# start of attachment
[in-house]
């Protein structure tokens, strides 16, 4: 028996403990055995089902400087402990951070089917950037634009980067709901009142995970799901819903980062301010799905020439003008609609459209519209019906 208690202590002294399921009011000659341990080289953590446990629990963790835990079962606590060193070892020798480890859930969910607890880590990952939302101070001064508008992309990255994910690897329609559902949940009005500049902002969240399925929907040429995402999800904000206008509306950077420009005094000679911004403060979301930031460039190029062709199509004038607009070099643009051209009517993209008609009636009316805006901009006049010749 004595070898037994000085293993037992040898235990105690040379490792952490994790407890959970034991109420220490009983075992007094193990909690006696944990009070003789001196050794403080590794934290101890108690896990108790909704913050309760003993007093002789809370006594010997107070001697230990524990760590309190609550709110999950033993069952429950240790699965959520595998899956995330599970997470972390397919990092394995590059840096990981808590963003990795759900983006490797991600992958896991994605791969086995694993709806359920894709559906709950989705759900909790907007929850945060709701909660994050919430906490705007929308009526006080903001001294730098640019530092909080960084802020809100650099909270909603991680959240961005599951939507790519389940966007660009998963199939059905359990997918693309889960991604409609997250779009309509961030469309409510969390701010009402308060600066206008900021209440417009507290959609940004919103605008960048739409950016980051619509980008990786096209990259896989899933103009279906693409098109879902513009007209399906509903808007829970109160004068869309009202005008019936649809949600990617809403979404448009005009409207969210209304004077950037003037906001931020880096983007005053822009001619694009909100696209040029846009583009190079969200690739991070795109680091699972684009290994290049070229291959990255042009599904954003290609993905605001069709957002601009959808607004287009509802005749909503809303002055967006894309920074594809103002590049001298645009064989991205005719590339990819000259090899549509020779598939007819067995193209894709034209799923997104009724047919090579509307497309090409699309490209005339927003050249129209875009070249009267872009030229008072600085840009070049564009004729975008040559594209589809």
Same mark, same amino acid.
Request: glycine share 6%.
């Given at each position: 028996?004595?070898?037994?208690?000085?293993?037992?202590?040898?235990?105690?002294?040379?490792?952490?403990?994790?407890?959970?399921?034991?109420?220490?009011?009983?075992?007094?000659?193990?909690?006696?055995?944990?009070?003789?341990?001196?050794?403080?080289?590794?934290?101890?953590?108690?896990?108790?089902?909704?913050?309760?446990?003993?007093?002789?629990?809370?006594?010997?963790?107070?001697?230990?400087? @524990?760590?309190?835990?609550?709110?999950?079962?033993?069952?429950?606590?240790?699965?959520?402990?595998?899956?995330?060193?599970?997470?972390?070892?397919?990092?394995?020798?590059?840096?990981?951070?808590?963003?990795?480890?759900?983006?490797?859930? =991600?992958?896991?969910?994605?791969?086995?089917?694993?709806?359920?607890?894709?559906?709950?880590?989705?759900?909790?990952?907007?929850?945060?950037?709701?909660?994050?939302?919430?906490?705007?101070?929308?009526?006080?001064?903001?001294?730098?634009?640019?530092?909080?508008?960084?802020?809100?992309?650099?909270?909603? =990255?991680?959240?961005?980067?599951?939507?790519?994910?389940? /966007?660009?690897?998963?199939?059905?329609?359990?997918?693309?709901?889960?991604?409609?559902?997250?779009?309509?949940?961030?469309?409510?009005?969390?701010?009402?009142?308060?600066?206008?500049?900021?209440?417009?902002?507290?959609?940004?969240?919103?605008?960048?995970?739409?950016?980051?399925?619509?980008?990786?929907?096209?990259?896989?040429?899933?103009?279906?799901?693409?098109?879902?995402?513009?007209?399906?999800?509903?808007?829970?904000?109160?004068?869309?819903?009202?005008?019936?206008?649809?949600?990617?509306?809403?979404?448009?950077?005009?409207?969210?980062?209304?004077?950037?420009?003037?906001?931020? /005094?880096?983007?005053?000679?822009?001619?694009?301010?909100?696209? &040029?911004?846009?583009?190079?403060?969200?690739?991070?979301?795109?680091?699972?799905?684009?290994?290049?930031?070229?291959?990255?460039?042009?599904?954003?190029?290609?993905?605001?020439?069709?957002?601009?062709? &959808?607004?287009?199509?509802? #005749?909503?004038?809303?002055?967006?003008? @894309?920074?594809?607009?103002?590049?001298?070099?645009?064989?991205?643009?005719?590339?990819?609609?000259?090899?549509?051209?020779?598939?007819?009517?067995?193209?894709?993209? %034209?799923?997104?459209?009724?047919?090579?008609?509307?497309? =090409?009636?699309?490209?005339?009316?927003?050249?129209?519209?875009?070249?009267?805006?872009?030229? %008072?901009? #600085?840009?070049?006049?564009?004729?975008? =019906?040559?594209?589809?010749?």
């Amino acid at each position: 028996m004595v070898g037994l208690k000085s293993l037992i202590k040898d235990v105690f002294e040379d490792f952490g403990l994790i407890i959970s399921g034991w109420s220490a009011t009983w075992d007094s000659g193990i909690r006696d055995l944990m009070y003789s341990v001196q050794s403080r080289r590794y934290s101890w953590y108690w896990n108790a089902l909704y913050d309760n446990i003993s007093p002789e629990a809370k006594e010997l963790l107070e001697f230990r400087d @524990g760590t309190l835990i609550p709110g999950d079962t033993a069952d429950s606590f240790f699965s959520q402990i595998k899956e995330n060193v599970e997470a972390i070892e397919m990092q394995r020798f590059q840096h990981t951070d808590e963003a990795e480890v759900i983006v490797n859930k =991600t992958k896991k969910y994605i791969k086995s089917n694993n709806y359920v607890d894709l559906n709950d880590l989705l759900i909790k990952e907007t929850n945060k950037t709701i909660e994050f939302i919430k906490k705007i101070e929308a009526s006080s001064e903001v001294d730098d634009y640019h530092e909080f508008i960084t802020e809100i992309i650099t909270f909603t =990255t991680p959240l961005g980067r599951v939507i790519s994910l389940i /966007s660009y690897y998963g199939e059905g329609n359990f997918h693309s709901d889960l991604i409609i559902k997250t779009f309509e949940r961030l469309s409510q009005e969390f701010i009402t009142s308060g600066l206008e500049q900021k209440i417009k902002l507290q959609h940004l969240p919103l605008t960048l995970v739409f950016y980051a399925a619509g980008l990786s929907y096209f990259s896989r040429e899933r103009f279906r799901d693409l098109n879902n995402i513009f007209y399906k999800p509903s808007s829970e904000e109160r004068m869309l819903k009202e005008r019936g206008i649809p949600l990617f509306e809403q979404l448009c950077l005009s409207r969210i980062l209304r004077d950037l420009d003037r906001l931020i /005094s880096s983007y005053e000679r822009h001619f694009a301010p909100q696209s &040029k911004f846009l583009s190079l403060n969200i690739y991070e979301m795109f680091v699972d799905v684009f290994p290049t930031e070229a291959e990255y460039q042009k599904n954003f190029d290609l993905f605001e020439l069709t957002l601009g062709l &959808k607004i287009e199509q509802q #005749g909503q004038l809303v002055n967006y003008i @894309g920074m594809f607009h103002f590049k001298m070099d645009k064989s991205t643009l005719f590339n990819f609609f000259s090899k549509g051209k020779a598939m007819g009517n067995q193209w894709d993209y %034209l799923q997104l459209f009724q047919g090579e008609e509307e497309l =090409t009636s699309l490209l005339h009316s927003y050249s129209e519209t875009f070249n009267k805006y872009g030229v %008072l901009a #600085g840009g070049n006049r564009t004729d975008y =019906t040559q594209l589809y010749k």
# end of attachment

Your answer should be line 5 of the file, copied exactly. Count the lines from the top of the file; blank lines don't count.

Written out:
């Given at each position: 028996?004595?070898?037994?208690?000085?293993?037992?202590?040898?235990?105690?002294?040379?490792?952490?403990?994790?407890?959970?399921?034991?109420?220490?009011?009983?075992?007094?000659?193990?909690?006696?055995?944990?009070?003789?341990?001196?050794?403080?080289?590794?934290?101890?953590?108690?896990?108790?089902?909704?913050?309760?446990?003993?007093?002789?629990?809370?006594?010997?963790?107070?001697?230990?400087? @524990?760590?309190?835990?609550?709110?999950?079962?033993?069952?429950?606590?240790?699965?959520?402990?595998?899956?995330?060193?599970?997470?972390?070892?397919?990092?394995?020798?590059?840096?990981?951070?808590?963003?990795?480890?759900?983006?490797?859930? =991600?992958?896991?969910?994605?791969?086995?089917?694993?709806?359920?607890?894709?559906?709950?880590?989705?759900?909790?990952?907007?929850?945060?950037?709701?909660?994050?939302?919430?906490?705007?101070?929308?009526?006080?001064?903001?001294?730098?634009?640019?530092?909080?508008?960084?802020?809100?992309?650099?909270?909603? =990255?991680?959240?961005?980067?599951?939507?790519?994910?389940? /966007?660009?690897?998963?199939?059905?329609?359990?997918?693309?709901?889960?991604?409609?559902?997250?779009?309509?949940?961030?469309?409510?009005?969390?701010?009402?009142?308060?600066?206008?500049?900021?209440?417009?902002?507290?959609?940004?969240?919103?605008?960048?995970?739409?950016?980051?399925?619509?980008?990786?929907?096209?990259?896989?040429?899933?103009?279906?799901?693409?098109?879902?995402?513009?007209?399906?999800?509903?808007?829970?904000?109160?004068?869309?819903?009202?005008?019936?206008?649809?949600?990617?509306?809403?979404?448009?950077?005009?409207?969210?980062?209304?004077?950037?420009?003037?906001?931020? /005094?880096?983007?005053?000679?822009?001619?694009?301010?909100?696209? &040029?911004?846009?583009?190079?403060?969200?690739?991070?979301?795109?680091?699972?799905?684009?290994?290049?930031?070229?291959?990255?460039?042009?599904?954003?190029?290609?993905?605001?020439?069709?957002?601009?062709? &959808?607004?287009?199509?509802? #005749?909503?004038?809303?002055?967006?003008? @894309?920074?594809?607009?103002?590049?001298?070099?645009?064989?991205?643009?005719?590339?990819?609609?000259?090899?549509?051209?020779?598939?007819?009517?067995?193209?894709?993209? %034209?799923?997104?459209?009724?047919?090579?008609?509307?497309? =090409?009636?699309?490209?005339?009316?927003?050249?129209?519209?875009?070249?009267?805006?872009?030229? %008072?901009? #600085?840009?070049?006049?564009?004729?975008? =019906?040559?594209?589809?010749?």